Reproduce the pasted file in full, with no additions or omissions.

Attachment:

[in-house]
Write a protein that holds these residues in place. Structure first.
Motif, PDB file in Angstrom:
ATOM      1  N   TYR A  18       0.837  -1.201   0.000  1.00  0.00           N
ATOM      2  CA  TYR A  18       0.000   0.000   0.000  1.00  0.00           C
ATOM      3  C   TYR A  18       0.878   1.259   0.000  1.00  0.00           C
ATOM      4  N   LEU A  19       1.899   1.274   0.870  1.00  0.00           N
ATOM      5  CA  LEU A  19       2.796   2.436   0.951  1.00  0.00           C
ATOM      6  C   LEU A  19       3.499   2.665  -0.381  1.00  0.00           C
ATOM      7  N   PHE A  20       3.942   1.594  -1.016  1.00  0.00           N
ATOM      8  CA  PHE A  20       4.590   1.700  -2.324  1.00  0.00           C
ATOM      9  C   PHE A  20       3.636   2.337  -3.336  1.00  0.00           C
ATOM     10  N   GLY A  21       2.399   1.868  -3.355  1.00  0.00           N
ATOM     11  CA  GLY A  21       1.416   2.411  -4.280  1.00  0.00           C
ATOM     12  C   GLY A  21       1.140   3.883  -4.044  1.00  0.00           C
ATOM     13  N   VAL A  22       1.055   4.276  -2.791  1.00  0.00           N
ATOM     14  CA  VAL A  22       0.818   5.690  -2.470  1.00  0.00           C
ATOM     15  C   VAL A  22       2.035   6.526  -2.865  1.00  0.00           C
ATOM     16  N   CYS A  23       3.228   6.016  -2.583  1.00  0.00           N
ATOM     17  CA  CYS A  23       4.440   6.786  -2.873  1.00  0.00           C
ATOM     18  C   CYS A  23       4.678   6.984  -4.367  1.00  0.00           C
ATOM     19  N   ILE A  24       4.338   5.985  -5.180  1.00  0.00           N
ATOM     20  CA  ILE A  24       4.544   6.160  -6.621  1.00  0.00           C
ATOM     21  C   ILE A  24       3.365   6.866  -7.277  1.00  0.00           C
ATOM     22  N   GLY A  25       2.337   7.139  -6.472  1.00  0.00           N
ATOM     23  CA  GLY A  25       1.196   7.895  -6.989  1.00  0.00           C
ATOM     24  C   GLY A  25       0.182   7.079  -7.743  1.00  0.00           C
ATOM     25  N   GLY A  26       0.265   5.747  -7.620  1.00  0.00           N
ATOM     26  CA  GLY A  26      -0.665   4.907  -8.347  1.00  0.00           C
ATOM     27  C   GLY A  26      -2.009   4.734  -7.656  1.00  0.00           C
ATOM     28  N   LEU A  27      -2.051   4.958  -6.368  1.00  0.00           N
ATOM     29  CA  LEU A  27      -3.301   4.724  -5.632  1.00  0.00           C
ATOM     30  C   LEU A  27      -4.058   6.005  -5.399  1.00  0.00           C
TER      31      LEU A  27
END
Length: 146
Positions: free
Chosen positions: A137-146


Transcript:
[in-house]
Write a protein that holds these residues in place. Structure first.
Motif, PDB file in Angstrom:
ATOM      1  N   TYR A  18       0.837  -1.201   0.000  1.00  0.00           N
ATOM      2  CA  TYR A  18       0.000   0.000   0.000  1.00  0.00           C
ATOM      3  C   TYR A  18       0.878   1.259   0.000  1.00  0.00           C
ATOM      4  N   LEU A  19       1.899   1.274   0.870  1.00  0.00           N
ATOM      5  CA  LEU A  19       2.796   2.436   0.951  1.00  0.00           C
ATOM      6  C   LEU A  19       3.499   2.665  -0.381  1.00  0.00           C
ATOM      7  N   PHE A  20       3.942   1.594  -1.016  1.00  0.00           N
ATOM      8  CA  PHE A  20       4.590   1.700  -2.324  1.00  0.00           C
ATOM      9  C   PHE A  20       3.636   2.337  -3.336  1.00  0.00           C
ATOM     10  N   GLY A  21       2.399   1.868  -3.355  1.00  0.00           N
ATOM     11  CA  GLY A  21       1.416   2.411  -4.280  1.00  0.00           C
ATOM     12  C   GLY A  21       1.140   3.883  -4.044  1.00  0.00           C
ATOM     13  N   VAL A  22       1.055   4.276  -2.791  1.00  0.00           N
ATOM     14  CA  VAL A  22       0.818   5.690  -2.470  1.00  0.00           C
ATOM     15  C   VAL A  22       2.035   6.526  -2.865  1.00  0.00           C
ATOM     16  N   CYS A  23       3.228   6.016  -2.583  1.00  0.00           N
ATOM     17  CA  CYS A  23       4.440   6.786  -2.873  1.00  0.00           C
ATOM     18  C   CYS A  23       4.678   6.984  -4.367  1.00  0.00           C
ATOM     19  N   ILE A  24       4.338   5.985  -5.180  1.00  0.00           N
ATOM     20  CA  ILE A  24       4.544   6.160  -6.621  1.00  0.00           C
ATOM     21  C   ILE A  24       3.365   6.866  -7.277  1.00  0.00           C
ATOM     22  N   GLY A  25       2.337   7.139  -6.472  1.00  0.00           N
ATOM     23  CA  GLY A  25       1.196   7.895  -6.989  1.00  0.00           C
ATOM     24  C   GLY A  25       0.182   7.079  -7.743  1.00  0.00           C
ATOM     25  N   GLY A  26       0.265   5.747  -7.620  1.00  0.00           N
ATOM     26  CA  GLY A  26      -0.665   4.907  -8.347  1.00  0.00           C
ATOM     27  C   GLY A  26      -2.009   4.734  -7.656  1.00  0.00           C
ATOM     28  N   LEU A  27      -2.051   4.958  -6.368  1.00  0.00           N
ATOM     29  CA  LEU A  27      -3.301   4.724  -5.632  1.00  0.00           C
ATOM     30  C   LEU A  27      -4.058   6.005  -5.399  1.00  0.00           C
TER      31      LEU A  27
END
Length: 146
Positions: free
Chosen positions: A137-146